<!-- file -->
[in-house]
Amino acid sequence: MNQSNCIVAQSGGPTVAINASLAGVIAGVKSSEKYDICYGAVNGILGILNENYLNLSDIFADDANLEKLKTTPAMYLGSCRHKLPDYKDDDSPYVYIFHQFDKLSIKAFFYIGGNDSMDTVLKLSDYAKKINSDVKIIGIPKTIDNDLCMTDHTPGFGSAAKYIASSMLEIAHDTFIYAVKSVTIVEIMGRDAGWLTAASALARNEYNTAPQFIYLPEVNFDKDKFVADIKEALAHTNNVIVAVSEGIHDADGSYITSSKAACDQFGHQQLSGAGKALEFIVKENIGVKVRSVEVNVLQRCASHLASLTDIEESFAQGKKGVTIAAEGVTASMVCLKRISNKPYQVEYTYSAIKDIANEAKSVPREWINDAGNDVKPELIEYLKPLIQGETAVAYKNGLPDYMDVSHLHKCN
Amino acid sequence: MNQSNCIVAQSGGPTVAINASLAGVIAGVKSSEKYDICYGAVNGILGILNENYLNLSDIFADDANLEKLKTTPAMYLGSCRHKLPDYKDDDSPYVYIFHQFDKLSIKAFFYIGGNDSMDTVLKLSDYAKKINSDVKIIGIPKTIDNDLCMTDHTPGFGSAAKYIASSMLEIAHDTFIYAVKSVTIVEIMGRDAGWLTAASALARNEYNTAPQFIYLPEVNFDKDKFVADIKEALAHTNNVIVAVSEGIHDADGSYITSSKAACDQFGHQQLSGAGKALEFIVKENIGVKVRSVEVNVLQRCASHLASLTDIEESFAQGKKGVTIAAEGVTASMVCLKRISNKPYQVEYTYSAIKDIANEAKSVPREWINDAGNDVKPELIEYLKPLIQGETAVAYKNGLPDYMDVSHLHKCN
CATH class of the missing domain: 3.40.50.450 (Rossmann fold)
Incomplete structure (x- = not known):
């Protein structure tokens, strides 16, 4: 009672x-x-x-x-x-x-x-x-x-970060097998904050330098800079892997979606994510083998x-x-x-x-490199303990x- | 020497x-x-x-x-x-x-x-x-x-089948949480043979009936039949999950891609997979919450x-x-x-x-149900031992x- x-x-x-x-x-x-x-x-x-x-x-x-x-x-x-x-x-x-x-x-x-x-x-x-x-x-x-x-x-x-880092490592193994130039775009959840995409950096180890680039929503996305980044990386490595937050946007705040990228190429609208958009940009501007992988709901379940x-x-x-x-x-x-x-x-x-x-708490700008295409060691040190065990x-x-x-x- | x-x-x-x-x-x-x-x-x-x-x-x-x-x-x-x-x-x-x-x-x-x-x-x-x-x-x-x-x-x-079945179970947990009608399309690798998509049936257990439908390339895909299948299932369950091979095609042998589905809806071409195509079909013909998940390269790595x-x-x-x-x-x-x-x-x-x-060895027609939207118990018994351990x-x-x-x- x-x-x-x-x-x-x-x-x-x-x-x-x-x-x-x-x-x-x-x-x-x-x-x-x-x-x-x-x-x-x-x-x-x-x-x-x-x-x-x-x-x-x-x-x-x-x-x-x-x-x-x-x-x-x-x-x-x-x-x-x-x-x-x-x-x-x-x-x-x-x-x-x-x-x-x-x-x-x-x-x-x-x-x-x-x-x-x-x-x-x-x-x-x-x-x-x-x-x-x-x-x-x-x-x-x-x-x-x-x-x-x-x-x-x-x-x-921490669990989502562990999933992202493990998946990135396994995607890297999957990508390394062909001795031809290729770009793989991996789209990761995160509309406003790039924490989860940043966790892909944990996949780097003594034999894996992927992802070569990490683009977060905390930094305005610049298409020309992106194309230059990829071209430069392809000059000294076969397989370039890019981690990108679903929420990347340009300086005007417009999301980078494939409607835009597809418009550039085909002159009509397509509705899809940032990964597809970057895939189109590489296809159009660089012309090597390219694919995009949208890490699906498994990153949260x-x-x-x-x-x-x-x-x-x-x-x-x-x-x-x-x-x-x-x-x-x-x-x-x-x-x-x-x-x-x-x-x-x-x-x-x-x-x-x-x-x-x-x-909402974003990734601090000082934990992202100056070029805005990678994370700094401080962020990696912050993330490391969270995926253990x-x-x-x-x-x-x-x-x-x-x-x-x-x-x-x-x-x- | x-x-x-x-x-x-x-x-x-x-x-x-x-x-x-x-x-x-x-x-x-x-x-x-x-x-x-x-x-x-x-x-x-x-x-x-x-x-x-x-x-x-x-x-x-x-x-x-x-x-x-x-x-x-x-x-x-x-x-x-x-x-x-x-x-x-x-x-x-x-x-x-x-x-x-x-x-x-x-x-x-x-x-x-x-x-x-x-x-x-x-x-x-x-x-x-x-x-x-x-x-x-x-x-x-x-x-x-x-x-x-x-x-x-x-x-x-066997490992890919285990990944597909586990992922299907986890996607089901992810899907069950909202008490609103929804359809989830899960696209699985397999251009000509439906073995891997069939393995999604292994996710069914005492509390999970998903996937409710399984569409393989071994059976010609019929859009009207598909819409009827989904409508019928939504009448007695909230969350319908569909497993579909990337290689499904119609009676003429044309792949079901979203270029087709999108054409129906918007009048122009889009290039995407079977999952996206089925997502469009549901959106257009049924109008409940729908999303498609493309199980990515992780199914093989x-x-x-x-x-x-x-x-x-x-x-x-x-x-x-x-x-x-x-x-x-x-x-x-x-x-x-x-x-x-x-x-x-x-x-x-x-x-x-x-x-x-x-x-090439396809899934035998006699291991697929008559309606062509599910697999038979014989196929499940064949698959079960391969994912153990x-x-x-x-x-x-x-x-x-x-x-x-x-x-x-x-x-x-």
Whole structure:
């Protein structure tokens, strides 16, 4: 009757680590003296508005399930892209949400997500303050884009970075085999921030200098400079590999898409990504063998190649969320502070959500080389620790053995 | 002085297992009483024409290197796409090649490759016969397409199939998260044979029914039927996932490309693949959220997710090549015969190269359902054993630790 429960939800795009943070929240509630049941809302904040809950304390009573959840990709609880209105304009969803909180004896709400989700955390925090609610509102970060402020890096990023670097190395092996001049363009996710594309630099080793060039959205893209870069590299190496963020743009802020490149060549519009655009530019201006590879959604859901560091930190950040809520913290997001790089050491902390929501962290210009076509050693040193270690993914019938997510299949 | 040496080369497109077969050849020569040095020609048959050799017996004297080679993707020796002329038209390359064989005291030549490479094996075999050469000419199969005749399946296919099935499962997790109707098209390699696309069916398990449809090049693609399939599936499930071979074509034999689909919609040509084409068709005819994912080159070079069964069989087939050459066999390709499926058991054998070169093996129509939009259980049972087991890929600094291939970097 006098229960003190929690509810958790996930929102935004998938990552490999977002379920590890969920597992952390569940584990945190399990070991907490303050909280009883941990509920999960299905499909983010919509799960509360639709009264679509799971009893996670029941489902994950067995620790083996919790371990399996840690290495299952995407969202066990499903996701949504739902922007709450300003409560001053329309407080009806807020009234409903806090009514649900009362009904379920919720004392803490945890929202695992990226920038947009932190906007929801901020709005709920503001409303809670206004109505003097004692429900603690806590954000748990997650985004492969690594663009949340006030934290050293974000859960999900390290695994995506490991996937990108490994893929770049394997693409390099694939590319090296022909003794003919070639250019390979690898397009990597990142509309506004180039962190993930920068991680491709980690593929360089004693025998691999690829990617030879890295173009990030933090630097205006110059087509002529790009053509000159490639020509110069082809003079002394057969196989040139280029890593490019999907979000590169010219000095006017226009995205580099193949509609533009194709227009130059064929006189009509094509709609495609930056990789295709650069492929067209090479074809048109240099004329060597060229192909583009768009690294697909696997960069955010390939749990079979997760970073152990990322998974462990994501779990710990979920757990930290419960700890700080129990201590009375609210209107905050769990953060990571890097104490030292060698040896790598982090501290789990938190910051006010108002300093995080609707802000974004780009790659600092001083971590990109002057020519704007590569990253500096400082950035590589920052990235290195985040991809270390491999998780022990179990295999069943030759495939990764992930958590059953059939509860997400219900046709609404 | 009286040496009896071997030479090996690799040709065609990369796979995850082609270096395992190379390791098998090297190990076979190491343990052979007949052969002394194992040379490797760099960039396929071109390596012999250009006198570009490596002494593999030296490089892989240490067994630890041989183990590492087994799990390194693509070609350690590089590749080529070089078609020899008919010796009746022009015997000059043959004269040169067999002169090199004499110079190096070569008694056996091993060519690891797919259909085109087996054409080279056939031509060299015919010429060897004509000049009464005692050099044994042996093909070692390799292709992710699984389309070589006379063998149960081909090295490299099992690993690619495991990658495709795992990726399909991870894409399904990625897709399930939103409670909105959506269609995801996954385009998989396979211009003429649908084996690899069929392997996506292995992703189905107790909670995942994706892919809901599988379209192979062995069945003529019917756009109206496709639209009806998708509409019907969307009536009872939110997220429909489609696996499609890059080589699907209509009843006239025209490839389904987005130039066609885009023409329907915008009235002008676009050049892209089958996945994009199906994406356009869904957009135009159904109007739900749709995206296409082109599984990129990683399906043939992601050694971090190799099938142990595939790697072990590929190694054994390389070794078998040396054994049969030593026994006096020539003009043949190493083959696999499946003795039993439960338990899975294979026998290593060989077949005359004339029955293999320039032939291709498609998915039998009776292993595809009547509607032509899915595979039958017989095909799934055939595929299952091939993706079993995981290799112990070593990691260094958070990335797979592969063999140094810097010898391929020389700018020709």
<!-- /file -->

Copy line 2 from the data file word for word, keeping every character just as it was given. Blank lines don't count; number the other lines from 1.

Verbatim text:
Amino acid sequence: MNQSNCIVAQSGGPTVAINASLAGVIAGVKSSEKYDICYGAVNGILGILNENYLNLSDIFADDANLEKLKTTPAMYLGSCRHKLPDYKDDDSPYVYIFHQFDKLSIKAFFYIGGNDSMDTVLKLSDYAKKINSDVKIIGIPKTIDNDLCMTDHTPGFGSAAKYIASSMLEIAHDTFIYAVKSVTIVEIMGRDAGWLTAASALARNEYNTAPQFIYLPEVNFDKDKFVADIKEALAHTNNVIVAVSEGIHDADGSYITSSKAACDQFGHQQLSGAGKALEFIVKENIGVKVRSVEVNVLQRCASHLASLTDIEESFAQGKKGVTIAAEGVTASMVCLKRISNKPYQVEYTYSAIKDIANEAKSVPREWINDAGNDVKPELIEYLKPLIQGETAVAYKNGLPDYMDVSHLHKCN